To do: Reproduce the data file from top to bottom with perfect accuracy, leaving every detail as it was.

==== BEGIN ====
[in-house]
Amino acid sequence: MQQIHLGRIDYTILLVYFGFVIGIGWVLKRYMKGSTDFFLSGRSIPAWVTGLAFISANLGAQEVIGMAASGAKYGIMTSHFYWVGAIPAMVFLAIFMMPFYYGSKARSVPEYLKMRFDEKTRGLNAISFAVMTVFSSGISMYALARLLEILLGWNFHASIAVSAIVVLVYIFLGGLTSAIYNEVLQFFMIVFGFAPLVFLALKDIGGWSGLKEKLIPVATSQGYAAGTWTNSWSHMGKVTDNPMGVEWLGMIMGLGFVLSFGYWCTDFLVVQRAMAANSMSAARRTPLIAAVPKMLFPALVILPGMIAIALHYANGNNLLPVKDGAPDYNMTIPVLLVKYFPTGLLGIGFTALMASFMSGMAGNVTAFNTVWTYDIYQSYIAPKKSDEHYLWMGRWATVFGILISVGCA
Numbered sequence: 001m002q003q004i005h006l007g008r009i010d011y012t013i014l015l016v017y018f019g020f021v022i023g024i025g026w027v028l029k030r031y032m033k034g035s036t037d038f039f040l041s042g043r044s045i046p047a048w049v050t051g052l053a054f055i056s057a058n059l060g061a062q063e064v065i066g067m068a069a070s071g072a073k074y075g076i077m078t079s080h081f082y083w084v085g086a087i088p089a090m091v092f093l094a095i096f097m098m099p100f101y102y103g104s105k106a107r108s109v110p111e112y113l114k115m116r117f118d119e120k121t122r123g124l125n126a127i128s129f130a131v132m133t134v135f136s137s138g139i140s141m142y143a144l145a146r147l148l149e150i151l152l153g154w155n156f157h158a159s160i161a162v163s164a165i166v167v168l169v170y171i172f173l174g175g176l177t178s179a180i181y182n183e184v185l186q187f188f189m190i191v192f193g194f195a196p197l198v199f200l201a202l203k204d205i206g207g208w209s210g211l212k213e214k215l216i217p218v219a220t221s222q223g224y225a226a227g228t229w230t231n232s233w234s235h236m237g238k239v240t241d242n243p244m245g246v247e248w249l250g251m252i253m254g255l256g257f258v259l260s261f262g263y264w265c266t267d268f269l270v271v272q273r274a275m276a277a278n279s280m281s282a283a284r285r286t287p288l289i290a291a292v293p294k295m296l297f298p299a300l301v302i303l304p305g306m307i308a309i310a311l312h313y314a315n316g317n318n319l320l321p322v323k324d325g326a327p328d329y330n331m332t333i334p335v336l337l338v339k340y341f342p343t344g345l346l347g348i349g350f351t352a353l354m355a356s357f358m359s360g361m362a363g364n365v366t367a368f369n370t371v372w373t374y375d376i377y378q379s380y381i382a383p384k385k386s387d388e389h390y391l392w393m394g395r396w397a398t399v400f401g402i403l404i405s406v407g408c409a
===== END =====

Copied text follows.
[in-house]
Amino acid sequence: MQQIHLGRIDYTILLVYFGFVIGIGWVLKRYMKGSTDFFLSGRSIPAWVTGLAFISANLGAQEVIGMAASGAKYGIMTSHFYWVGAIPAMVFLAIFMMPFYYGSKARSVPEYLKMRFDEKTRGLNAISFAVMTVFSSGISMYALARLLEILLGWNFHASIAVSAIVVLVYIFLGGLTSAIYNEVLQFFMIVFGFAPLVFLALKDIGGWSGLKEKLIPVATSQGYAAGTWTNSWSHMGKVTDNPMGVEWLGMIMGLGFVLSFGYWCTDFLVVQRAMAANSMSAARRTPLIAAVPKMLFPALVILPGMIAIALHYANGNNLLPVKDGAPDYNMTIPVLLVKYFPTGLLGIGFTALMASFMSGMAGNVTAFNTVWTYDIYQSYIAPKKSDEHYLWMGRWATVFGILISVGCA
Numbered sequence: 001m002q003q004i005h006l007g008r009i010d011y012t013i014l015l016v017y018f019g020f021v022i023g024i025g026w027v028l029k030r031y032m033k034g035s036t037d038f039f040l041s042g043r044s045i046p047a048w049v050t051g052l053a054f055i056s057a058n059l060g061a062q063e064v065i066g067m068a069a070s071g072a073k074y075g076i077m078t079s080h081f082y083w084v085g086a087i088p089a090m091v092f093l094a095i096f097m098m099p100f101y102y103g104s105k106a107r108s109v110p111e112y113l114k115m116r117f118d119e120k121t122r123g124l125n126a127i128s129f130a131v132m133t134v135f136s137s138g139i140s141m142y143a144l145a146r147l148l149e150i151l152l153g154w155n156f157h158a159s160i161a162v163s164a165i166v167v168l169v170y171i172f173l174g175g176l177t178s179a180i181y182n183e184v185l186q187f188f189m190i191v192f193g194f195a196p197l198v199f200l201a202l203k204d205i206g207g208w209s210g211l212k213e214k215l216i217p218v219a220t221s222q223g224y225a226a227g228t229w230t231n232s233w234s235h236m237g238k239v240t241d242n243p244m245g246v247e248w249l250g251m252i253m254g255l256g257f258v259l260s261f262g263y264w265c266t267d268f269l270v271v272q273r274a275m276a277a278n279s280m281s282a283a284r285r286t287p288l289i290a291a292v293p294k295m296l297f298p299a300l301v302i303l304p305g306m307i308a309i310a311l312h313y314a315n316g317n318n319l320l321p322v323k324d325g326a327p328d329y330n331m332t333i334p335v336l337l338v339k340y341f342p343t344g345l346l347g348i349g350f351t352a353l354m355a356s357f358m359s360g361m362a363g364n365v366t367a368f369n370t371v372w373t374y375d376i377y378q379s380y381i382a383p384k385k386s387d388e389h390y391l392w393m394g395r396w397a398t399v400f401g402i403l404i405s406v407g408c409a